Their latest efforts included refurbishment of the music room, the replacement of the flooring throughout the Form One classes, and the removal of ventilation blocks replaced by louvres for improved air flow.
Their current woes also include a malfunctioning water pump which needs to be replaced immediately. A recent movie-night fundraiser was hosted to generate funds to assist in this area.
Maraj said the rewards have been worthwhile as the students continue to excel. She claimed that during the last five years the pass rate has been between 78 to 86 per cent at the Caribbean Secondary Education Certificate (CSEC) examination.
Maraj said efforts over the past 20 years to introduce a Form Six had proven futile.
"Approximately 85 per cent of our students normally get five or more passes at CSEC, some get distinctions and they go on to other schools and when they get scholarships…those schools get the recognition, not TGSS," she said.
Although she described TGSS as a "quiet and humble school", she said this was a demotivating factor to both the staff and student population.
Meanwhile, Maraj is worried as the Education Ministry has mandated that all secondary schools prepare themselves by 2020 for exams to be posted online. "The school is old, it is not properly wired and they are not ready."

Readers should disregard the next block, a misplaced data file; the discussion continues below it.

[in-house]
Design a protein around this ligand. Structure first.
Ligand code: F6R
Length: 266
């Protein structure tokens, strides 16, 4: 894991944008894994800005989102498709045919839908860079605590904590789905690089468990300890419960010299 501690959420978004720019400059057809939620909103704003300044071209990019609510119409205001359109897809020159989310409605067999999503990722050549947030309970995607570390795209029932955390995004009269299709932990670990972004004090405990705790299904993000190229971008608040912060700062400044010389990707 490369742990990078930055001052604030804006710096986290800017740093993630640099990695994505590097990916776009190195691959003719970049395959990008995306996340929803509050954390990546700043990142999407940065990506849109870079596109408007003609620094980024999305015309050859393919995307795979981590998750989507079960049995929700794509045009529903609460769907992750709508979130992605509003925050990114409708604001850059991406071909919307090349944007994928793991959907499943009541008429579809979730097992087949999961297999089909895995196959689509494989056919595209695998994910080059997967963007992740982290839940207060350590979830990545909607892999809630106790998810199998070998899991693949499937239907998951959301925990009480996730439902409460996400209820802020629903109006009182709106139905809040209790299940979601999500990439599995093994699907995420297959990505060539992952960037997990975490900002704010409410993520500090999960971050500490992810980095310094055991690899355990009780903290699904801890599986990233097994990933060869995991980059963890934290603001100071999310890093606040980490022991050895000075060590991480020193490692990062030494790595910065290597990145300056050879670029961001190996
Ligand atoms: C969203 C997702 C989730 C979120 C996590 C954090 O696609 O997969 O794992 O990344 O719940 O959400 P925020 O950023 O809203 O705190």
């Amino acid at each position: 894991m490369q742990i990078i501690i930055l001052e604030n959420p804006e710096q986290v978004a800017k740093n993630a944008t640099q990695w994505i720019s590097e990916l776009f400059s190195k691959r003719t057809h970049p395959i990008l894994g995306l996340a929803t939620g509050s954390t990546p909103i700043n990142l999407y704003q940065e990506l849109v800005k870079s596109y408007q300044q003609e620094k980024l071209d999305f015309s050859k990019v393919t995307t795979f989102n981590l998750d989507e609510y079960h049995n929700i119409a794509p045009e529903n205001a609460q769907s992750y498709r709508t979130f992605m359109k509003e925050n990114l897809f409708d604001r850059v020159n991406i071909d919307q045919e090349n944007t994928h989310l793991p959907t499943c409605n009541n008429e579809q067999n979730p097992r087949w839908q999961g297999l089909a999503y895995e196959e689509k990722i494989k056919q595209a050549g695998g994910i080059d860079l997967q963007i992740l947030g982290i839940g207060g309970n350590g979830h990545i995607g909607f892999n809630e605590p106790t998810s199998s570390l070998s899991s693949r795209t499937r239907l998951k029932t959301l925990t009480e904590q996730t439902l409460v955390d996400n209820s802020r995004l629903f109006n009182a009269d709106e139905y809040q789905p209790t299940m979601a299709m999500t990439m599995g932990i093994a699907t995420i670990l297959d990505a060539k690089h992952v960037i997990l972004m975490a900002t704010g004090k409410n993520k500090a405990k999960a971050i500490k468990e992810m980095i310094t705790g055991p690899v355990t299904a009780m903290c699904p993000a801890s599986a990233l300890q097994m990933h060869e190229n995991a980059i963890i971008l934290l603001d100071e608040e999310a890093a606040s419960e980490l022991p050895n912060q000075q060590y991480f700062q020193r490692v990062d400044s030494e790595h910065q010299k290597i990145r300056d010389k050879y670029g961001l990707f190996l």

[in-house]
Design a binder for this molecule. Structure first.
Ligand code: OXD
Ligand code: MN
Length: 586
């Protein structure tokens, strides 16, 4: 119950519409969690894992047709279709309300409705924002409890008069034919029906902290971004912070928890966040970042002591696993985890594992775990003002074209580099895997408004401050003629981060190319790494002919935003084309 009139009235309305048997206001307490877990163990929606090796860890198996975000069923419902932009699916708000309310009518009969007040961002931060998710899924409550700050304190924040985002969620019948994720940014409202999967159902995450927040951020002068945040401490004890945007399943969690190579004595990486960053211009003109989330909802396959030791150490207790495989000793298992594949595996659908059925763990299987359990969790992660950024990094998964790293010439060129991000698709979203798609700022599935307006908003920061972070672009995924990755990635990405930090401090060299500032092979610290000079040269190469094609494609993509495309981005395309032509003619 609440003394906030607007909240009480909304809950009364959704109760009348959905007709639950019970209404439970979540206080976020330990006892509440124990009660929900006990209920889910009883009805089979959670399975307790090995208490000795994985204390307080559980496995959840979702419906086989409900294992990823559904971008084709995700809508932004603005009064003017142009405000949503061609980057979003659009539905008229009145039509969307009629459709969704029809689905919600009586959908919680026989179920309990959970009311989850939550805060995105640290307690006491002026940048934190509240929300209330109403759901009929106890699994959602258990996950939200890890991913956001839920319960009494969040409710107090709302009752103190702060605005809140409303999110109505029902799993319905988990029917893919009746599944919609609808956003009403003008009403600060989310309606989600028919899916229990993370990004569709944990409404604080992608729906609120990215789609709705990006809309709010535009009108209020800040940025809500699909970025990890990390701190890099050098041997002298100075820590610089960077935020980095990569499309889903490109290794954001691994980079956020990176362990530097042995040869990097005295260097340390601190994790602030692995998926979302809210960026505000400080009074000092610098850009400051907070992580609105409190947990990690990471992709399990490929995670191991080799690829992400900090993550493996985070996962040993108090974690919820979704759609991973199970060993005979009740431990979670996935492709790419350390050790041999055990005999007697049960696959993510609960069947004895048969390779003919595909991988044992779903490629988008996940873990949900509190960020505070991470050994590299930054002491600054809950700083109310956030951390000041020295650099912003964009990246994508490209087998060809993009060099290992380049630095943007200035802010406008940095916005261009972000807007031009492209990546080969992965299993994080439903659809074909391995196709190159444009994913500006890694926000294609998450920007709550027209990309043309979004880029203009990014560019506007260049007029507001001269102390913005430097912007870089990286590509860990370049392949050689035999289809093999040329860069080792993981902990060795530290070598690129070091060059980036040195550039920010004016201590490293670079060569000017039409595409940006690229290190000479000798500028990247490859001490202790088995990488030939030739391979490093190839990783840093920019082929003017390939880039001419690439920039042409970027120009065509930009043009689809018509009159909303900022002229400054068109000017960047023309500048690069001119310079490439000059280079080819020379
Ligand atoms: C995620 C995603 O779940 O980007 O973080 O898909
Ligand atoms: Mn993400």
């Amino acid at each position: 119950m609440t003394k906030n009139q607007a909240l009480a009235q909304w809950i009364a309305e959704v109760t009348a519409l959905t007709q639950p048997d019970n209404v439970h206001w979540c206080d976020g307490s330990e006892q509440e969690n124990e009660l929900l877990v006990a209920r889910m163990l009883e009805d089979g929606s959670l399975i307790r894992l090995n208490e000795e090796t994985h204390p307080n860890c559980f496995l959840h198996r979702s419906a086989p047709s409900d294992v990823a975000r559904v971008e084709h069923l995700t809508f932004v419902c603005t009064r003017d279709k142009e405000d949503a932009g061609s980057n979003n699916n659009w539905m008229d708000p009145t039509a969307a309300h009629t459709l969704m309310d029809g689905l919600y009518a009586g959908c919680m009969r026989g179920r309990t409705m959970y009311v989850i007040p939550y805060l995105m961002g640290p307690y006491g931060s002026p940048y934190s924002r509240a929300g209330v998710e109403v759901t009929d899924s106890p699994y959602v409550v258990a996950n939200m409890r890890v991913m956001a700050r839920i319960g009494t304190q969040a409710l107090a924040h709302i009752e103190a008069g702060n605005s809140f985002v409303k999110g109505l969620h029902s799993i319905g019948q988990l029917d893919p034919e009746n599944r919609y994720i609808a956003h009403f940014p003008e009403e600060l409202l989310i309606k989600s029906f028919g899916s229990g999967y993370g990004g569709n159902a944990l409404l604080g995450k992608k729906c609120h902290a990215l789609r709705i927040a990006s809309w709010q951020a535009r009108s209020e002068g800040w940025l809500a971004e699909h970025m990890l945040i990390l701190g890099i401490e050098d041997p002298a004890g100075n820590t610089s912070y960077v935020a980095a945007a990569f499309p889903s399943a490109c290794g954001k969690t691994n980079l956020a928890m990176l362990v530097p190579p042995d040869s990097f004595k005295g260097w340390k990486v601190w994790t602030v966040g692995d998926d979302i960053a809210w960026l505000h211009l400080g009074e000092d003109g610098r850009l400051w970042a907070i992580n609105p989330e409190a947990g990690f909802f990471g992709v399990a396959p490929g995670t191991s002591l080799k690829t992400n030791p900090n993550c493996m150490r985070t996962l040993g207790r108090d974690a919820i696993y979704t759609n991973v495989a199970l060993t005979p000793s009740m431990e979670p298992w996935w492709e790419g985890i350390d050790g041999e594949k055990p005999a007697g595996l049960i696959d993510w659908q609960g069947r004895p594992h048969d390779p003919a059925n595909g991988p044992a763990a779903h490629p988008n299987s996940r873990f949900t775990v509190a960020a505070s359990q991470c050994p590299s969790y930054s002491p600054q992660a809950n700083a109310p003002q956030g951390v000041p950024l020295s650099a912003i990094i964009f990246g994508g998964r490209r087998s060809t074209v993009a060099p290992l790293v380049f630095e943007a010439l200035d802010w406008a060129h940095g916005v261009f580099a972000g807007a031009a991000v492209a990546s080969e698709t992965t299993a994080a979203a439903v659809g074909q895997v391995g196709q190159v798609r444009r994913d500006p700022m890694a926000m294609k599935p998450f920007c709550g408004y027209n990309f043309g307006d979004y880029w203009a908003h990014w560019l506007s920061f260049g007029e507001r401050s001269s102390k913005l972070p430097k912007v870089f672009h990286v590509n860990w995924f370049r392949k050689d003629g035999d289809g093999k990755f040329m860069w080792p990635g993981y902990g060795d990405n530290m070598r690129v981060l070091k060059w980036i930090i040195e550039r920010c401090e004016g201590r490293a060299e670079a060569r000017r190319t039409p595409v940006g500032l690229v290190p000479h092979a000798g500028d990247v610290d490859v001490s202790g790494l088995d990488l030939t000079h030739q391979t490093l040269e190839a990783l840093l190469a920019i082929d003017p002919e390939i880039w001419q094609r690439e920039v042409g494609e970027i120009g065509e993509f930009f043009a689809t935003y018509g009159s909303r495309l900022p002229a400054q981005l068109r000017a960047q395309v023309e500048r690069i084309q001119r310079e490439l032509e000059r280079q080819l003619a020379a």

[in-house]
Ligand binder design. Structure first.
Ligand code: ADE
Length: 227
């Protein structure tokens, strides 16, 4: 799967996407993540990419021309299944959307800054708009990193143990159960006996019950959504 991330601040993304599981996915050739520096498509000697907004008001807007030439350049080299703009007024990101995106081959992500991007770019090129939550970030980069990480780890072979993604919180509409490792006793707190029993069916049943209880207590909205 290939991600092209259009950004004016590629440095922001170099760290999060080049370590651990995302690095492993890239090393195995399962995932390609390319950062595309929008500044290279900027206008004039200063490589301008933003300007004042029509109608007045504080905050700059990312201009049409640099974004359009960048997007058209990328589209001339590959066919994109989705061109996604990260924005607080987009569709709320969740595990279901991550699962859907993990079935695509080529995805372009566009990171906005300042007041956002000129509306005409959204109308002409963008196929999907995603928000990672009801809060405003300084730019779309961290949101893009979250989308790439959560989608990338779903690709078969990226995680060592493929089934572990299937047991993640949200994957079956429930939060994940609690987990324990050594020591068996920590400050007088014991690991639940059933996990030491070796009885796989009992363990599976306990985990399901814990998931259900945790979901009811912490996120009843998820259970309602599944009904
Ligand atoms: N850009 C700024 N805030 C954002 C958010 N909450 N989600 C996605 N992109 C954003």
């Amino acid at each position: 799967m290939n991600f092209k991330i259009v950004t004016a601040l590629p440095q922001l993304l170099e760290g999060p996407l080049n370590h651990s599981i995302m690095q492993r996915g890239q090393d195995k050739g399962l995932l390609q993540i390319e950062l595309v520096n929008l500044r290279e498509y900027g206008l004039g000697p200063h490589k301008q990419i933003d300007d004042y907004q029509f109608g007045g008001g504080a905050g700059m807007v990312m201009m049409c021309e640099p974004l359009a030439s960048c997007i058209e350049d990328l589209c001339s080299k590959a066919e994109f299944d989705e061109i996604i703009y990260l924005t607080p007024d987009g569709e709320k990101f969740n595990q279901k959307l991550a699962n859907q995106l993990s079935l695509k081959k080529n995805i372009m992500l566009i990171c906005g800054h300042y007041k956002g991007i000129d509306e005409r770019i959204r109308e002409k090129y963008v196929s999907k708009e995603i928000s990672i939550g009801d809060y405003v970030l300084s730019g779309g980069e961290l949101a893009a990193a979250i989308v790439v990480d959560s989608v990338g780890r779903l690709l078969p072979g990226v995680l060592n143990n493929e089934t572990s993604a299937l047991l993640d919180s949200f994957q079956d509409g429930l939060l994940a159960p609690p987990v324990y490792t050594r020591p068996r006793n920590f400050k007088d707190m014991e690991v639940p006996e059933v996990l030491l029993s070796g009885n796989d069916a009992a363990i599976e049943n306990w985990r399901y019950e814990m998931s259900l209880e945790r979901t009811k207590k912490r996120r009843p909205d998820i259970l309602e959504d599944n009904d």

Questioning how long this "patching up" could continue, she said an ideal solution would be for them to be given a new school.
Maraj does not believe picketing or protesting is the ideal solution as she pleaded, "Please somebody, we need help."
'The school has produced so many good professionals'
Asked how he would be able to assist in perhaps establishing the school's alumni, Maharaj said he and some former classmates had been meeting regularly to discuss how they could go about helping their alma mater.
Having demitted office in 2015, Maharaj said requests for the school to be repainted and for the establishment of a Form Six block had been passed to then education minister Dr Tim Gopeesingh who indicated it would have been included in the next year’s Budget.